FEARS have been raised over petrol and energy prices as Putin declares war on Ukraine, with households hit by higher costs.
Russia unleashed a missile attack on Ukraine this morning after months of growing tension between the two nations.
Following the invasion this morning:
- Oil prices surged to over $100 a barrel
- Wholesale gas prices increased 34%
- UK’s stock market closed down 3.88%
Price rises will hit households’ already squeezed budgets, from filling up the car to energy bills and getting in the groceries.
Russia is one of the world’s largest producers of oil, and concerns are building over how the Ukraine crisis will impact distribution and price of supplies.
It’s caused global benchmark Brent crude oil to hit $103.19 a barrel – the highest price seen in eight years.
Since the beginning of this year, the price per barrel has surged more than $30.
Warren Patterson, head of commodity research at financial services company ING said costs will continue to soar.
He said: “Prices are likely to remain volatile and elevated.”
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Rocketing prices are being passed onto drivers filling up at the pumps.
The Sun reported earlier this week that record high petrol prices were costing drivers nearly £15 extra at the pumps already.
This has gone up even further today.
Petrol across the UK rose to 149.43pa liter on average yesterday, with diesel at 152.83p, according to the AA.
It marks a big rise from costs this time last year when petrol prices stood at 122.50pa liter and diesel 125.99p.
It means that it will cost drivers £82.46 to fill up a 55-litre tank with petrol – £15.08 more expensive than it was this time last year, when it cost £67.38 in total.
And for those filling up the same size tank with diesel, it will cost £84.06 – £14.77 extra since last year, when it cost £69.29.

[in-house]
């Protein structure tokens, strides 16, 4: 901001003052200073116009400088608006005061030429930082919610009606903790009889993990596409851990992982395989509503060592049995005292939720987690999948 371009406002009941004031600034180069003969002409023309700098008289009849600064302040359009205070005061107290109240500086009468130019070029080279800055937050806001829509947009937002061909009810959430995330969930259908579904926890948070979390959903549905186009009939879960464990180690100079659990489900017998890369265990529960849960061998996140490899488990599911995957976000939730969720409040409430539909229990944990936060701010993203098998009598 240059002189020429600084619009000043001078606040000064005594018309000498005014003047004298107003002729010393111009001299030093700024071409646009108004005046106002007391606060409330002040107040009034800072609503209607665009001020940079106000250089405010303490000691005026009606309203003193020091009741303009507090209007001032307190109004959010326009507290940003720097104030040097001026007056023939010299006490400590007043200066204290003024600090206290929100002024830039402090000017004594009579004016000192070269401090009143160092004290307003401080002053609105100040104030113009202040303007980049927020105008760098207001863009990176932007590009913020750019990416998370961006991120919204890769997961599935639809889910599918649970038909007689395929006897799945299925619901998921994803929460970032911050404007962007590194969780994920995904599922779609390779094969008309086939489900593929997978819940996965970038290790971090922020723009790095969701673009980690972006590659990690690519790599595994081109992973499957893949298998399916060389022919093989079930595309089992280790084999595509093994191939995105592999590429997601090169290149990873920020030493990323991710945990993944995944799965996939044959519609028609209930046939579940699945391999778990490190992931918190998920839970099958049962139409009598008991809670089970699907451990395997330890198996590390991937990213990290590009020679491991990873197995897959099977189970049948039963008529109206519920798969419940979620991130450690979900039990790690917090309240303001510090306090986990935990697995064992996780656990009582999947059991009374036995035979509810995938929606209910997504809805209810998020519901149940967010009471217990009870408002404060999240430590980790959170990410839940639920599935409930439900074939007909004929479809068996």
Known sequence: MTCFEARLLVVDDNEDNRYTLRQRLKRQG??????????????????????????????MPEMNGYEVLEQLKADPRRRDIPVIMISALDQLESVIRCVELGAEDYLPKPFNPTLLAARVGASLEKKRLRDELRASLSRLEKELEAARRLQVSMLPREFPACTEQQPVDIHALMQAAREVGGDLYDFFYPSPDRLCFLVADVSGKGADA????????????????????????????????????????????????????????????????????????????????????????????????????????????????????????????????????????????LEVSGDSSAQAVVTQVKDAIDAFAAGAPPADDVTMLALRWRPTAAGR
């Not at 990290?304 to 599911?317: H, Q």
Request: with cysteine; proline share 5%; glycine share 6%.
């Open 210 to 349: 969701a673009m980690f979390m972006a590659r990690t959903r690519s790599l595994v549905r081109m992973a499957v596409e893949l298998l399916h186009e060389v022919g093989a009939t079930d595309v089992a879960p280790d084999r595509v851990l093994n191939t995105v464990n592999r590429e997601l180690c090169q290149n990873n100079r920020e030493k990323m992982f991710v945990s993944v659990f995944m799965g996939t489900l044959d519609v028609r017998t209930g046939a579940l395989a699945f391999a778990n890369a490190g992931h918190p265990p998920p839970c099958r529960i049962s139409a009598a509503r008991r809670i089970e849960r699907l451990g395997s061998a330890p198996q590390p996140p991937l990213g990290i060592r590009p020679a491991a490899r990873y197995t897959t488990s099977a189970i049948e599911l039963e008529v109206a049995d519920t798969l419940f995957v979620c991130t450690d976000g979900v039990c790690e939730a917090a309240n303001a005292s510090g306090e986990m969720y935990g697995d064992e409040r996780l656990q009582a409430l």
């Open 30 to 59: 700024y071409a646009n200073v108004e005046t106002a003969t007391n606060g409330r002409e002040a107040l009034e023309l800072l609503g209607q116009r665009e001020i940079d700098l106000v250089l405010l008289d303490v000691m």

The RAC has predicted that petrol prices at the pumps could shoot up to £1.70 per liter “very soon”.
Drivers should not stockpile fuel – which could see demand rise, and potentially costs go up even further as a result.
The crisis isn’t only driving up fuel costs – Brits could see their energy bills surge too.
Concerns are growing over whether Russia will decide to restrict the flow of natural gas to Europe as tensions grow, with key pipelines passing through Ukraine from the country.
Fears have been raised that shortages could happen if tensions develop which could drive up prices.
Costs are already on the rise, as wholesale gas prices jumped 34% today to a peak of 347p per therm before closing at 290p.
It is an increase of 87 per cent since Monday.
They are not yet at a record high, which were last seen in December 2021 – but they are higher than normal.
Wholesale gas prices need to be high for a sustained period of time before it will have any impact on the price customers pay.
Brits could also see the price of household staples go up as a result of the crisis.
Farming bosses sounded the alarm of a possible wheat shortage from both regions as they produce a third of the global supply – risking supply chaos for bread and beer brewing.
The energy price cap is due to rise by £693 a year in April from £1,277 to £1,971 before being reviewed again in October.
But if wholesale prices continue to spike then bills could go up again before then, piling more pressure on household budgets.
The UK’s stock market was also shaken by the invasion.
The London Stock Exchange’s leading FTSE 100 index, which tracks the UK’s top 100 firms, closed down 3.88% today.
The impact of the crisis on fuel and energy prices will come as a blow to millions of families whose budgets are already being squeezed due to a cost of living crisis.
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